A ho­tel in Shen­zhen, which bor­ders Hong Kong, has just been fined $3000 for ac­com­mo­dat­ing a Uighur guest. Mem­bers of this eth­nic group — mostly Mus­lim — and Ti­betans are viewed as po­ten­tial trou­ble­mak­ers so are barred from travel at this “sen­si­tive” time.

All 89 mil­lion party mem­bers, not just the 2273 del­e­gates par­tic­i­pat­ing in the con­gress, are be­ing re­quired to de­vote con­sid­er­able time to study­ing the works of Xi in th­ese days be­fore the event. And uni­ver­si­ties through­out China are hold­ing manda­tory ide­ol­ogy classes for stu­dents.

The year in North Korea al­ways be­gins with the Supreme Leader. Kim Jong-un stands at a wooden lectern, flanked by the em­blem of the Work­ers Party of Korea, which sym­bol­ises unity between work­ers (a ham­mer), farm­ers (a sickle) and in­tel­lec­tu­als (a brush). He sings the praises of rev­o­lu­tion­ary ac­com­plish­ment for the year just ended and lays out pri­or­i­ties for the year ahead. Tele­vi­sion sets across the coun­try will run the new year’s ad­dress on a loop, so that no one can miss the Re­spected Leader’s mes­sage, although the con­tent is fairly pre­dictable.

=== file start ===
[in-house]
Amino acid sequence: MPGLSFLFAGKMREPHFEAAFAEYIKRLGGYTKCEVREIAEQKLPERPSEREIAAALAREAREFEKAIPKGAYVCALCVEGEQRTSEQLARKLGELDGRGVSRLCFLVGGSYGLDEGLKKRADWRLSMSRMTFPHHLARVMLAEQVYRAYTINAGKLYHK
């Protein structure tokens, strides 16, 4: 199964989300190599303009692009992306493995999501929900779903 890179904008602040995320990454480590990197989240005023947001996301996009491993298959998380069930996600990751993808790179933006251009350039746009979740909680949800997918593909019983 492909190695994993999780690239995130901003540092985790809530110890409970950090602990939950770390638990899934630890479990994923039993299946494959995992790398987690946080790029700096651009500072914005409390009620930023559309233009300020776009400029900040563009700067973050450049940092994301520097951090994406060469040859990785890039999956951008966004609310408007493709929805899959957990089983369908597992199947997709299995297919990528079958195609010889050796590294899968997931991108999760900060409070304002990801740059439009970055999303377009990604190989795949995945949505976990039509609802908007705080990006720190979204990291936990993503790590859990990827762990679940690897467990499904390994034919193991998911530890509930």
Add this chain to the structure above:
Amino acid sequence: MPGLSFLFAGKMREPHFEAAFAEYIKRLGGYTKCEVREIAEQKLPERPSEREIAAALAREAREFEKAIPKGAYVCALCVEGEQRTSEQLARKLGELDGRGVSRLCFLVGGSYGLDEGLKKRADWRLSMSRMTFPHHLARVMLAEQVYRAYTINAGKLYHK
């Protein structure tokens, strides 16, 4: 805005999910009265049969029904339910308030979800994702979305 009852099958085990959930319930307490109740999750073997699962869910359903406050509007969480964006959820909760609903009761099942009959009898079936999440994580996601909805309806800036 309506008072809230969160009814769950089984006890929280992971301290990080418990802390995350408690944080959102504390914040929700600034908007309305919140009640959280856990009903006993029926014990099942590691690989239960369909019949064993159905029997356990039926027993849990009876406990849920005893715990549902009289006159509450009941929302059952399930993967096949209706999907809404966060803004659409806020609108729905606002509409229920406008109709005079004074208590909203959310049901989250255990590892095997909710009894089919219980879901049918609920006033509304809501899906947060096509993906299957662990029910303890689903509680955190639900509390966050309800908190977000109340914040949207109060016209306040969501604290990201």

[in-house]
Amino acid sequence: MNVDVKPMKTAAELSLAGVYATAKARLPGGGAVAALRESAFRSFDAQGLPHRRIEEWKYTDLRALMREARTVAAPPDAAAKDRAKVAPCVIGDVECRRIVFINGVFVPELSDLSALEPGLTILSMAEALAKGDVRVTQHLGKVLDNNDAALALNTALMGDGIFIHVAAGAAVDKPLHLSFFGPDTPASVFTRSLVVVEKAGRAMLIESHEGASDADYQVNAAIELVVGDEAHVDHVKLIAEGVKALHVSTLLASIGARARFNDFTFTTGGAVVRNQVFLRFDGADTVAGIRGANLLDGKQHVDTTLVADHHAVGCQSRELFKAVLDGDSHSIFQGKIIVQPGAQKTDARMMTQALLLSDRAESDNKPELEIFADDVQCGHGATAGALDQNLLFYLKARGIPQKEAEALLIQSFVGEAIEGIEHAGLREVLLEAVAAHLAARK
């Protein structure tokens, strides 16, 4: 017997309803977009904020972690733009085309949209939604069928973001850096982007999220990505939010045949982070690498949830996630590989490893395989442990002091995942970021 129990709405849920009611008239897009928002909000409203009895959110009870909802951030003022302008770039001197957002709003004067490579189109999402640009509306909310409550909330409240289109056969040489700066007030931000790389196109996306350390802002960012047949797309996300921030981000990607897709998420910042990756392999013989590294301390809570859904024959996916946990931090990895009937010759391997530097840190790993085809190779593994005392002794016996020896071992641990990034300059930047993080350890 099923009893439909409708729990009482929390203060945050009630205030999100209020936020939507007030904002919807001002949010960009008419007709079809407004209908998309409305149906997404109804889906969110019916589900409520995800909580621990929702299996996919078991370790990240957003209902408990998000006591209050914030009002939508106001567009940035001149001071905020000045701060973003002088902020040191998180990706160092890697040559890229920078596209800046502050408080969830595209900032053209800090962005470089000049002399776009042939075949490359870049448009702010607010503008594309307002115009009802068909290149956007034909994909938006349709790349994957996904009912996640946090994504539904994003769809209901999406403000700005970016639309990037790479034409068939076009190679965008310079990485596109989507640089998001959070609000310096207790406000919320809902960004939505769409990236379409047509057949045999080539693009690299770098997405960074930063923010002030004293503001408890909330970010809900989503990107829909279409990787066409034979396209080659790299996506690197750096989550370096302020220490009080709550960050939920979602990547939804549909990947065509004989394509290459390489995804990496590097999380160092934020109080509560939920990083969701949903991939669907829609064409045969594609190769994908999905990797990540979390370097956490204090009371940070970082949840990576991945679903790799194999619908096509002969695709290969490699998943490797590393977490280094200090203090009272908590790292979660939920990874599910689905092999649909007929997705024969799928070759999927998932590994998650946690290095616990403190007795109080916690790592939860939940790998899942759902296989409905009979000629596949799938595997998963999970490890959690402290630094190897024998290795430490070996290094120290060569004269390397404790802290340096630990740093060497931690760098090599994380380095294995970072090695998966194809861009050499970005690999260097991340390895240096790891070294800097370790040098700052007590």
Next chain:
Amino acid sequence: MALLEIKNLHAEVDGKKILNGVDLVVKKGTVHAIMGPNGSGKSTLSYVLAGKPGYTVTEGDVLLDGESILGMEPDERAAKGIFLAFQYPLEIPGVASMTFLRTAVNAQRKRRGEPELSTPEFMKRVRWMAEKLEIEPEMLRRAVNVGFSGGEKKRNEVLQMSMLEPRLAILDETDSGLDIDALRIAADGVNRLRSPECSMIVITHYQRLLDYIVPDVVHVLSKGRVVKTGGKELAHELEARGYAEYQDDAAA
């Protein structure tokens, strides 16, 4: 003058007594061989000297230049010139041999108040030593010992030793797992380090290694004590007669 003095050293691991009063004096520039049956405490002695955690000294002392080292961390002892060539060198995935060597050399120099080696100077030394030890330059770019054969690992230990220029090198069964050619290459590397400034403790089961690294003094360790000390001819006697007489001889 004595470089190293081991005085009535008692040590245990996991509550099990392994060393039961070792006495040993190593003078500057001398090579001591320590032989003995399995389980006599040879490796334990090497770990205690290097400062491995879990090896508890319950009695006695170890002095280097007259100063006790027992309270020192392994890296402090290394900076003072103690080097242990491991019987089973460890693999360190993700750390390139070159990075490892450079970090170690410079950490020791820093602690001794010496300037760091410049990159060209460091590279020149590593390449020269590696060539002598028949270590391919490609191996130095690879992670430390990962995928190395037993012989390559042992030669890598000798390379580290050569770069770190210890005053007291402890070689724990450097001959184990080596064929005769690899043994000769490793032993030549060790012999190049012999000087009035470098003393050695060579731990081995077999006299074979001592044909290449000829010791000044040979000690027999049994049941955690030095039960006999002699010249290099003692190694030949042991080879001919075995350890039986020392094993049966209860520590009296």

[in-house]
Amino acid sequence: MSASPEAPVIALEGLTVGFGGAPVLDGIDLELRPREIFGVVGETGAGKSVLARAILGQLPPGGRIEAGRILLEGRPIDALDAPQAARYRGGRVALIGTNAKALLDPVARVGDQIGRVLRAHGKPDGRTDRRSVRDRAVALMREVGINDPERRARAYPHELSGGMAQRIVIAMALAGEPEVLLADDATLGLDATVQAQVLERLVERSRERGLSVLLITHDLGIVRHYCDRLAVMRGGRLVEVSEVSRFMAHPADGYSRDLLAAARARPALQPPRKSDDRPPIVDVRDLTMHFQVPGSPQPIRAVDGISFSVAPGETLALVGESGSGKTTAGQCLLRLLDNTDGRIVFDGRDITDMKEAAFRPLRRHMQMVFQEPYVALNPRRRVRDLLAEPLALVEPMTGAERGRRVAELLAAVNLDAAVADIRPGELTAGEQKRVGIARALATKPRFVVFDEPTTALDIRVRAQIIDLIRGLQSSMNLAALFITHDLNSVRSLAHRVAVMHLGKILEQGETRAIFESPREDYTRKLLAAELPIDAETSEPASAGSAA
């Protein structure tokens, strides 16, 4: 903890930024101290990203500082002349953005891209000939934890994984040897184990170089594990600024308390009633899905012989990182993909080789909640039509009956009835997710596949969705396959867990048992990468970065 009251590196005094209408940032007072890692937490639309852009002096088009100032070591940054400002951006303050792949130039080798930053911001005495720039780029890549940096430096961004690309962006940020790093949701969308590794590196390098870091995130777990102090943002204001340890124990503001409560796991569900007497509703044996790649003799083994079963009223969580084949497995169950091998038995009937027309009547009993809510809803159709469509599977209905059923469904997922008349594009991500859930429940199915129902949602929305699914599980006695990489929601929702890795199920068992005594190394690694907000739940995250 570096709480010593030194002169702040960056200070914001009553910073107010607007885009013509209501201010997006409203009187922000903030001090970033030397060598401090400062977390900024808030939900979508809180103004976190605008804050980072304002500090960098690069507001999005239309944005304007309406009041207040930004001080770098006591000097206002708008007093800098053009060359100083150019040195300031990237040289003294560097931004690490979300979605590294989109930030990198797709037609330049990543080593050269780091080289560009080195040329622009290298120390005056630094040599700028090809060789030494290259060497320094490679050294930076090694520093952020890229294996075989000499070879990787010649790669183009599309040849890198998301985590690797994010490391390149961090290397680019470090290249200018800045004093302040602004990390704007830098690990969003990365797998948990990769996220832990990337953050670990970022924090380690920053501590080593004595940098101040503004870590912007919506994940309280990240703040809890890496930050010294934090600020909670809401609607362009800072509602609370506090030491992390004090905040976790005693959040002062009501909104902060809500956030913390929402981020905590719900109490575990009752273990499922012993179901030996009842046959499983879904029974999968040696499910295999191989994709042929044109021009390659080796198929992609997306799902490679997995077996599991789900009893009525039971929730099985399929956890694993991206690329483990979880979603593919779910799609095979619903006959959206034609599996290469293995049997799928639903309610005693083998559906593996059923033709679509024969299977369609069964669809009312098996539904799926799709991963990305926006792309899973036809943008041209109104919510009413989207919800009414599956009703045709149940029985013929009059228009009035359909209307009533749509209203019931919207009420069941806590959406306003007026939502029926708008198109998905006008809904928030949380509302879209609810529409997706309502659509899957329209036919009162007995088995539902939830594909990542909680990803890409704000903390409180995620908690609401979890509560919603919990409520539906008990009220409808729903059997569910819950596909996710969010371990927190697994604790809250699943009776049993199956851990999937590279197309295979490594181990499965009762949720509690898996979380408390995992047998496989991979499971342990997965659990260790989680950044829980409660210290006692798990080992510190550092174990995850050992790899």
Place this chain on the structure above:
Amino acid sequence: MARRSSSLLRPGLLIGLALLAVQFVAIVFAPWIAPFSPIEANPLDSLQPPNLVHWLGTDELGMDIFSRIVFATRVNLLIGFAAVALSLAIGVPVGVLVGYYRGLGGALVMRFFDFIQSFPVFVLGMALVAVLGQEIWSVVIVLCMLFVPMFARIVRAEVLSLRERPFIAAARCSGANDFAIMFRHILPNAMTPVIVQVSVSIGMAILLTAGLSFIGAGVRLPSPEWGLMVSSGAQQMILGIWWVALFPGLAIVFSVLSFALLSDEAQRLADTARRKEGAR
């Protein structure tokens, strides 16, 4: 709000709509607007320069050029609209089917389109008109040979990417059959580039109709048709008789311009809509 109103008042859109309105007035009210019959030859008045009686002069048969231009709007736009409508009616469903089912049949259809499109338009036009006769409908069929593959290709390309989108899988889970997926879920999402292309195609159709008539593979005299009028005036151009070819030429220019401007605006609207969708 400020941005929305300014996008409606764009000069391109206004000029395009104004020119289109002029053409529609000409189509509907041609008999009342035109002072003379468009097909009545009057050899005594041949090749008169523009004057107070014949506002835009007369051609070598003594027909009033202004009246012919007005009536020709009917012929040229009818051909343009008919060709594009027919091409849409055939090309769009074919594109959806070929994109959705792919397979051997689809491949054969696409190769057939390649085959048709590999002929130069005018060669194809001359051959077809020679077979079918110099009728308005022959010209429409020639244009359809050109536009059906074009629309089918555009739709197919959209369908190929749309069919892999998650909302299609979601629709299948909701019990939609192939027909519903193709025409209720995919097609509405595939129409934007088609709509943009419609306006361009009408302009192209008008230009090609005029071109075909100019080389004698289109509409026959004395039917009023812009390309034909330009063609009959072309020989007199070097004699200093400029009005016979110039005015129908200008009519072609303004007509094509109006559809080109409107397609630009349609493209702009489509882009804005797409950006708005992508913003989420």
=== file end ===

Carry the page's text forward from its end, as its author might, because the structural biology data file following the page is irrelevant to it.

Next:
This year, how­ever, Kim ended with a star­tling con­fes­sion: “As I am stand­ing here to pro­claim the be­gin­ning of an­other year, I feel a surge of anx­i­ety about what I should do to hold our peo­ple in greater rev­er­ence …